Payment Deferred (1932)
Marguerite Collins: Here I am, tied to a little shop. Ah well. We must try to smile, eh? But it is lonely. My husband is in a hospital in France. The war.
William Marble: Where was he wounded?
Marguerite Collins: Ohhh...
Marguerite Collins: . That I cannot tell you. Oh, it is terrible!
Annie Marble: Oh, Will. Will, could you, could you manage to let me have a little something for Winnie's school? They spoke to her again about it, yesterday. It's very awkward for her.
William Marble: For the love of...
Annie Marble: Oh, it'd be such a pity for her to have to give up the course. She's getting along so nicely in her shorthand.
William Marble: I can't do it, Annie.
Winnie Marble: Oh, please Daddy, I wish you could. If I can only keep on a little bit longer, then I'll be a full fledged stenographer. Then, I can help.
Annie Marble: That's right, Will.
Winnie Marble: Have you seen many kangaroos?
James Medland: Kangaroos? Why, rather, I, I've hunted them quite a bit.
Winnie Marble: Oh, I say! Ha-ha.
James Medland: Well, look here, I mustn't stop long, I really have to go.
William Marble: That's alright. There's no hurry, is there? Seeing you're a gay, young bachelor. Ha!
William Marble: That's why I say, you're lucky to have turned up when you did.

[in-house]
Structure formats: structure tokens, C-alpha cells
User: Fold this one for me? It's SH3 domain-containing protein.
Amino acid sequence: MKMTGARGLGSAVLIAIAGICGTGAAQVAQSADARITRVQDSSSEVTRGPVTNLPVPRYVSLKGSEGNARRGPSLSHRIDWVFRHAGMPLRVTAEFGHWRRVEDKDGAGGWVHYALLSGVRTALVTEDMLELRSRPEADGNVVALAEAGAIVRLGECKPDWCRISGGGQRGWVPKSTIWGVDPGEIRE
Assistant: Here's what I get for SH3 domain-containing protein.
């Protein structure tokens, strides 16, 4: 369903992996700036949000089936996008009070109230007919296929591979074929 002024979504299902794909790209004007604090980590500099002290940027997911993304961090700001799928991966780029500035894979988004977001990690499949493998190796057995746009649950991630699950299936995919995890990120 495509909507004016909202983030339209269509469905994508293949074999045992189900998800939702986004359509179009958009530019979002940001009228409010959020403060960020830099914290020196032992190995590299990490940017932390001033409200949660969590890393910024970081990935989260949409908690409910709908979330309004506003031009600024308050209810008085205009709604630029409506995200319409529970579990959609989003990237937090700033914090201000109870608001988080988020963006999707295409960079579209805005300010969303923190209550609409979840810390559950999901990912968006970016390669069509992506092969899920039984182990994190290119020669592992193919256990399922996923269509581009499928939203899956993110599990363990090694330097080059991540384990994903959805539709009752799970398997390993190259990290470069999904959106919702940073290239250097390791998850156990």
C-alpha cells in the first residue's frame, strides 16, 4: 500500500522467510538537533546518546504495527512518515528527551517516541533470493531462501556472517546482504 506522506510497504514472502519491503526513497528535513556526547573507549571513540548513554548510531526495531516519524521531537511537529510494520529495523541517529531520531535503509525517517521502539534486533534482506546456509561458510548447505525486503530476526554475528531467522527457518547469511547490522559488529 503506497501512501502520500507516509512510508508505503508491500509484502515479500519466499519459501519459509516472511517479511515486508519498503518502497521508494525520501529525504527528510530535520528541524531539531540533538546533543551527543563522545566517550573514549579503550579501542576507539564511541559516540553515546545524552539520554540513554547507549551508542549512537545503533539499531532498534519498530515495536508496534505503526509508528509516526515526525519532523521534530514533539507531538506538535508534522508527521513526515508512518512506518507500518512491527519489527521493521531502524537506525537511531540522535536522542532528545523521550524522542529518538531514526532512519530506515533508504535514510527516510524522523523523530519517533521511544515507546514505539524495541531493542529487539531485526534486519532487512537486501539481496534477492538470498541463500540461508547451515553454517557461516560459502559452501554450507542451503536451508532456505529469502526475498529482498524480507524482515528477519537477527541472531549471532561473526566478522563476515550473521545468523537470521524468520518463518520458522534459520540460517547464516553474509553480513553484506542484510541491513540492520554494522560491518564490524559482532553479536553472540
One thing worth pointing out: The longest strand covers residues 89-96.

James Medland: But, why? What's it got to do with me?
William Marble: You've got the capital and I've got the knowledge. It seems to me we ought to make a pretty strong combination.
James Medland: Oh, I've really very little money that I can touch and I'm not sure I want to...
William Marble: You only need a little. You've probably got enough in your case!
James Medland: No, thanks. I'm not keen on it.
William Marble: But, dash it all! You don't object to making money do you? If the Franc goes to 60 and you've bought tonight you'd make a hundred per cent of your money. But, if you bought it on margin, you'd make a thousand!
Winnie Marble: Dad! Breakfast will be ready soon. It's Sunday morning, kippers.
William Marble: Who's that?
Annie Marble: Why, what's the matter, dear?
William Marble: Nothing.
Winnie Marble: Hello, Mr. Hammond.
Hammond: Hello, yourself, young woman. Hello, Will.
William Marble: Oh, it's you.
Hammond: Who did you think it was? Rita Garbo! Ha-ha-ha! Hello, Mrs. M.
Annie Marble: Nicely, thank you.
Hammond: That's good. Well, Will, how's the world treating you?
William Marble: Alright. And you?
Hammond: Mustn't grumble.
Hammond: Well, I'll be blow!
Annie Marble: I am worried. He acts so strange!
Hammond: I never saw such a thing in me life.
William Marble: Well, ha! Here's to ya!
Winnie Marble: Will, have you made some money?
William Marble: A little, nothing much. Just about enough to keep us all in luxury for the rest of our lives. That's all.
Annie Marble: Dad?
Winnie Marble: How much do you mean?
William Marble: Well, the right side of 30,000 pounds, shall we say.
Annie Marble: 30,000 pounds!
Winnie Marble: 30,000, Daddy!
Annie Marble: Will, how can you have made all that?
William Marble: Perhaps 'cause I'm not quite a fool as you thought, Annie. Ha! I gambled in Francs and it happened to come off. You wouldn't understand.